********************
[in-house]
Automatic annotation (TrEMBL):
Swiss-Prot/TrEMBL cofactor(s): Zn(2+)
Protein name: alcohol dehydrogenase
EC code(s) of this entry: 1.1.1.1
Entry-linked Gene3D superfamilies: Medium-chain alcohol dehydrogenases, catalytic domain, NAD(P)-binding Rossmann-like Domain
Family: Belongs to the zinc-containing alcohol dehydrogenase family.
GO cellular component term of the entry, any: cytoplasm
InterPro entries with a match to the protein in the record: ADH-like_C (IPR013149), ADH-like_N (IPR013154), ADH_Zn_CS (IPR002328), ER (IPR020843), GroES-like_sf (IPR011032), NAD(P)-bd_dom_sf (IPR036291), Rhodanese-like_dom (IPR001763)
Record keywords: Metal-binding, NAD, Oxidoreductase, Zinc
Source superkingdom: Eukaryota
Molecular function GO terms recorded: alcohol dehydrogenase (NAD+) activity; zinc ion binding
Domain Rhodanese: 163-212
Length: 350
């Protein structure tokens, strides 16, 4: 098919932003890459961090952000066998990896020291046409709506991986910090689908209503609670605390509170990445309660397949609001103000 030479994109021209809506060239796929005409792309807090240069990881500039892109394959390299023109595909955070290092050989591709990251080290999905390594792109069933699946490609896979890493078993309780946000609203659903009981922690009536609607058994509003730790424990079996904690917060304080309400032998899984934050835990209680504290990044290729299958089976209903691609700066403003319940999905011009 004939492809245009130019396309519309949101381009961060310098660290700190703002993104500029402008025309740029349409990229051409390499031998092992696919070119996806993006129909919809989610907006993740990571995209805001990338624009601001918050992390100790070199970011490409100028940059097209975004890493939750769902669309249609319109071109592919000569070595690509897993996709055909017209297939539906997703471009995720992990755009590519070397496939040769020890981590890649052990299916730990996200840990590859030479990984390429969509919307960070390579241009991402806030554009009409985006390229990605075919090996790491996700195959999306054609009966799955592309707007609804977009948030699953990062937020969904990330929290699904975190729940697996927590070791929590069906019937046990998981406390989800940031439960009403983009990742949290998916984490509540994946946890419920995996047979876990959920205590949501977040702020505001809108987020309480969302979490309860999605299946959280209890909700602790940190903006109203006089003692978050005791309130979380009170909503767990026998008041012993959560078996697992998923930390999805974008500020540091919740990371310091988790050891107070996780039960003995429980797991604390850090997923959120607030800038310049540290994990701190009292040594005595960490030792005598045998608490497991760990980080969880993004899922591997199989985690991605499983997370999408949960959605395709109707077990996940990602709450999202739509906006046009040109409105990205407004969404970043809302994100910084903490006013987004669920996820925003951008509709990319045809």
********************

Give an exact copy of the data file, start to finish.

[in-house]
Automatic annotation (TrEMBL):
Swiss-Prot/TrEMBL cofactor(s): Zn(2+)
Protein name: alcohol dehydrogenase
EC code(s) of this entry: 1.1.1.1
Entry-linked Gene3D superfamilies: Medium-chain alcohol dehydrogenases, catalytic domain, NAD(P)-binding Rossmann-like Domain
Family: Belongs to the zinc-containing alcohol dehydrogenase family.
GO cellular component term of the entry, any: cytoplasm
InterPro entries with a match to the protein in the record: ADH-like_C (IPR013149), ADH-like_N (IPR013154), ADH_Zn_CS (IPR002328), ER (IPR020843), GroES-like_sf (IPR011032), NAD(P)-bd_dom_sf (IPR036291), Rhodanese-like_dom (IPR001763)
Record keywords: Metal-binding, NAD, Oxidoreductase, Zinc
Source superkingdom: Eukaryota
Molecular function GO terms recorded: alcohol dehydrogenase (NAD+) activity; zinc ion binding
Domain Rhodanese: 163-212
Length: 350
């Protein structure tokens, strides 16, 4: 098919932003890459961090952000066998990896020291046409709506991986910090689908209503609670605390509170990445309660397949609001103000 030479994109021209809506060239796929005409792309807090240069990881500039892109394959390299023109595909955070290092050989591709990251080290999905390594792109069933699946490609896979890493078993309780946000609203659903009981922690009536609607058994509003730790424990079996904690917060304080309400032998899984934050835990209680504290990044290729299958089976209903691609700066403003319940999905011009 004939492809245009130019396309519309949101381009961060310098660290700190703002993104500029402008025309740029349409990229051409390499031998092992696919070119996806993006129909919809989610907006993740990571995209805001990338624009601001918050992390100790070199970011490409100028940059097209975004890493939750769902669309249609319109071109592919000569070595690509897993996709055909017209297939539906997703471009995720992990755009590519070397496939040769020890981590890649052990299916730990996200840990590859030479990984390429969509919307960070390579241009991402806030554009009409985006390229990605075919090996790491996700195959999306054609009966799955592309707007609804977009948030699953990062937020969904990330929290699904975190729940697996927590070791929590069906019937046990998981406390989800940031439960009403983009990742949290998916984490509540994946946890419920995996047979876990959920205590949501977040702020505001809108987020309480969302979490309860999605299946959280209890909700602790940190903006109203006089003692978050005791309130979380009170909503767990026998008041012993959560078996697992998923930390999805974008500020540091919740990371310091988790050891107070996780039960003995429980797991604390850090997923959120607030800038310049540290994990701190009292040594005595960490030792005598045998608490497991760990980080969880993004899922591997199989985690991605499983997370999408949960959605395709109707077990996940990602709450999202739509906006046009040109409105990205407004969404970043809302994100910084903490006013987004669920996820925003951008509709990319045809």